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North Carolina v. Stanley

Filed: February 16, 1982.

STATE OF NORTH CAROLINA
v.
GERALDINE STANLEY



Appeal by defendant from Washington, Judge. Judgment entered 26 March 1981 in Superior Court, Rockingham County. Heard in the Court of Appeals 15 January 1982.

Clark, Judge. Judges Arnold and Whichard concur.

Clark

Defendant assigns as error the failure of the trial court to grant her motions for nonsuit and for appropriate relief. She contends that the State's evidence, excluding her own statements, was insufficient to withstand the motion for judgment as of nonsuit. She argues that the statements were exculpatory and were not disproved by any of the State's evidence.

Upon motion for judgment as of nonsuit, all admitted evidence must be considered in the light most favorable to the State, and the State must be given the benefit of every reasonable inference drawn therefrom. Contradictions and discrepancies in the evidence are matters for the jury and do not warrant nonsuit. State v. May, 292 N.C. 644, 235 S.E.2d 178, cert. denied, 434 U.S. 928, 54 L. Ed. 2d 288, 98 S. Ct. 414 (1977). There must be substantial evidence of all material elements of the offense in order to overcome the motion to dismiss. State v. Stephens, 244 N.C. 380, 93 S.E.2d 431 (1956).

In order to establish the crime of second-degree murder, the State must prove beyond a reasonable doubt that there was an unlawful killing of a human being with malice but without premeditation and deliberation. G.S. 14-17. If the killing was done with a deadly weapon, it will be presumed that the killing was unlawful and done with malice. State v. Hodges, 296 N.C. 66, 249 S.E.2d 371 (1978).

The State's evidence in this case tended to show that defendant and the deceased, Terry Scott Wilkerson, had been drinking on 29 June 1980 and were arguing with each other. Although defendant stated on several occasions that Wilkerson killed himself, she also stated that the gun was in her hand when it went off. Expert testimony indicated that the gunshot wound was

not compatible with one that was self-inflicted. The fact that the gun was found in Wilkerson's right hand, but the gunshot wound was on the left side of his head also raises questions concerning the alleged suicide.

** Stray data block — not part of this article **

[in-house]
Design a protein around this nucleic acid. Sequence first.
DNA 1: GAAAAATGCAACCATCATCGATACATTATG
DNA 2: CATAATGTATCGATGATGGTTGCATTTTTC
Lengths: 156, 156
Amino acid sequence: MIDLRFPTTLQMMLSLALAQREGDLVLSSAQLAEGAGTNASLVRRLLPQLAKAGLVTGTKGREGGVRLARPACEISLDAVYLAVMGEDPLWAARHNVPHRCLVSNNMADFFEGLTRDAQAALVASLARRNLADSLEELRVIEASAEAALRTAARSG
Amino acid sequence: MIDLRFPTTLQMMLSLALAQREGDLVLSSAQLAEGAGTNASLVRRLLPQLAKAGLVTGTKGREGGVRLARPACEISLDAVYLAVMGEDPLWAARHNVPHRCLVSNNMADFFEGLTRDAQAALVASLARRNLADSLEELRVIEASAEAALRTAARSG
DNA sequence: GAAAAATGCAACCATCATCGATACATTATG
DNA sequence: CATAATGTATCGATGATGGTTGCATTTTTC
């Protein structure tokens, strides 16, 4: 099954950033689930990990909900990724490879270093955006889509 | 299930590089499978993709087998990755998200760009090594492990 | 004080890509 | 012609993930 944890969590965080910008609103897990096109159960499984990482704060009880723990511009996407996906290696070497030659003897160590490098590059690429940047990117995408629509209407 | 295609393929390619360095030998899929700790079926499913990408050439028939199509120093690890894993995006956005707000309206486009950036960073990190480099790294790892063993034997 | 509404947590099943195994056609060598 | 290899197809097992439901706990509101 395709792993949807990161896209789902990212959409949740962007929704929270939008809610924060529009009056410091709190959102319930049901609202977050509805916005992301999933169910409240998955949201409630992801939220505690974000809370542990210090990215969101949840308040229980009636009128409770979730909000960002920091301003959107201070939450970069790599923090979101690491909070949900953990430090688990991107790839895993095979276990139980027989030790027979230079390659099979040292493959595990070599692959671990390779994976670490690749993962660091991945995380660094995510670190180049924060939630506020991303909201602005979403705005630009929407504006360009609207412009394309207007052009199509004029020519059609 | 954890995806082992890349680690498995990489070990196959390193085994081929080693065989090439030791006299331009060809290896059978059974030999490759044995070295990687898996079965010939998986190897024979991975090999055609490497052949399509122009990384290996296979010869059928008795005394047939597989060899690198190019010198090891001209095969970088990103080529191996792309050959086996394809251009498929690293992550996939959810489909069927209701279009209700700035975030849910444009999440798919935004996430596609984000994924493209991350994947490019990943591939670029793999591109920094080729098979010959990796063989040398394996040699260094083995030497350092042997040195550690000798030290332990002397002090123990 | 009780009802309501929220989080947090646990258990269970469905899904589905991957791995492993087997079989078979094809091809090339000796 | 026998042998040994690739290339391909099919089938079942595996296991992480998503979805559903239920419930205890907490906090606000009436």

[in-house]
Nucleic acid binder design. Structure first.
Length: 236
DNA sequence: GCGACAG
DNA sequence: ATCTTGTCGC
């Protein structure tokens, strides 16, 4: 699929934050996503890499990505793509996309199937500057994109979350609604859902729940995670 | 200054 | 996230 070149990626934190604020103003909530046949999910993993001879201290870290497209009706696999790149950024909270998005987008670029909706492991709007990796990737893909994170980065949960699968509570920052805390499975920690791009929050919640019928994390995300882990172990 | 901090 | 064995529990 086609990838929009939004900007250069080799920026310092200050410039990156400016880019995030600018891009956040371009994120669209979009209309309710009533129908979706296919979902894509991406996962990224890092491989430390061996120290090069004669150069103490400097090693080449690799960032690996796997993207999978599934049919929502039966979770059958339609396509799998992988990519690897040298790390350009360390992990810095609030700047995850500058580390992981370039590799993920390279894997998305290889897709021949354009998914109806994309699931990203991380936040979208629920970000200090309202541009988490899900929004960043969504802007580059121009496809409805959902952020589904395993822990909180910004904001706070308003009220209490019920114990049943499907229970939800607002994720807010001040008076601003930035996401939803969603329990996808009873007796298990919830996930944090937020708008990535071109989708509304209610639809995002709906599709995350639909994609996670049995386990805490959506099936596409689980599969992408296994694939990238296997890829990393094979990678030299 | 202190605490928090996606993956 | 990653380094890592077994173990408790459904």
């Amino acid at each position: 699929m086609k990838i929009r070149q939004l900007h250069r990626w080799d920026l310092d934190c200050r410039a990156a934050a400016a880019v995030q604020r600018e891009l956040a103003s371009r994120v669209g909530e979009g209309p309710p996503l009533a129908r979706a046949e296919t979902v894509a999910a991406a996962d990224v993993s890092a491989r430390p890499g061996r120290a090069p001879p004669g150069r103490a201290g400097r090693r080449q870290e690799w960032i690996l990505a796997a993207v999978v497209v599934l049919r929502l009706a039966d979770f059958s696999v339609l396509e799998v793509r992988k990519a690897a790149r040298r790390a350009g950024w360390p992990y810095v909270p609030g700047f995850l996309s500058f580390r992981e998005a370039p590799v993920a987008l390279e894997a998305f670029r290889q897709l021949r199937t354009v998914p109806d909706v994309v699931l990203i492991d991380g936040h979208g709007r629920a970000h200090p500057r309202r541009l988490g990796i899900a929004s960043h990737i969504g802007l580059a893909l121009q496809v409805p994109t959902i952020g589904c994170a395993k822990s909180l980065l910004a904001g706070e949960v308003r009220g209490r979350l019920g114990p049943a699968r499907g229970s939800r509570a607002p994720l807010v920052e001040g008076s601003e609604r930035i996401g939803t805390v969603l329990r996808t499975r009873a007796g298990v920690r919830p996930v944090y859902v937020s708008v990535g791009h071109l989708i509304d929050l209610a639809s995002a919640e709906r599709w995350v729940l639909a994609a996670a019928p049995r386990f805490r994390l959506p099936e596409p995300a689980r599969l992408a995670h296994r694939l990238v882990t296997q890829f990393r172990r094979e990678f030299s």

While defendant's statements to law enforcement officers do contain some exculpatory evidence, we believe that the physical factors involved, the expert testimony and the inculpatory portions of defendant's statements were sufficient to permit the jury to draw the reasonable inference that defendant unlawfully and with malice killed Terry Scott Wilkerson. While some of defendant's statements may tend to exculpate her of second-degree murder, this does not prevent the State from showing that the facts concerning the homicide were different from what the defendant stated. If the State introduces evidence that defendant is guilty of each element of the offense, the exculpatory statements do not warrant nonsuit. State v. Cooper, 273 N.C. 51, 159 S.E.2d 305 (1968); State v. Wilson, 264, N.C. 373, 141 S.E.2d 801 (1965). Although the jury did not convict defendant of this specific offense, we hold that the State's evidence was sufficient to overcome the motion for judgment as of nonsuit and to submit the issue to the jury.

We also find no merit in defendant's contention that the trial court erred in denying her motion for appropriate relief from the verdict of involuntary manslaughter. The defendant's own testimony disclosed that she and the deceased struggled with the gun, it went off and after the scuffling, the gun was in her hand. It is well-established that one who points a loaded gun at another, although without the intention of discharging it, commits manslaughter if the gun goes off accidentally and kills the other. State v. Stimpson, 279 N.C. 716, 185 S.E.2d 168 (1971). We conclude that there was sufficient evidence showing a wanton or reckless use of a firearm so as to support the verdict of the jury.

In the trial of defendant, we find

No error.

Disposit ...


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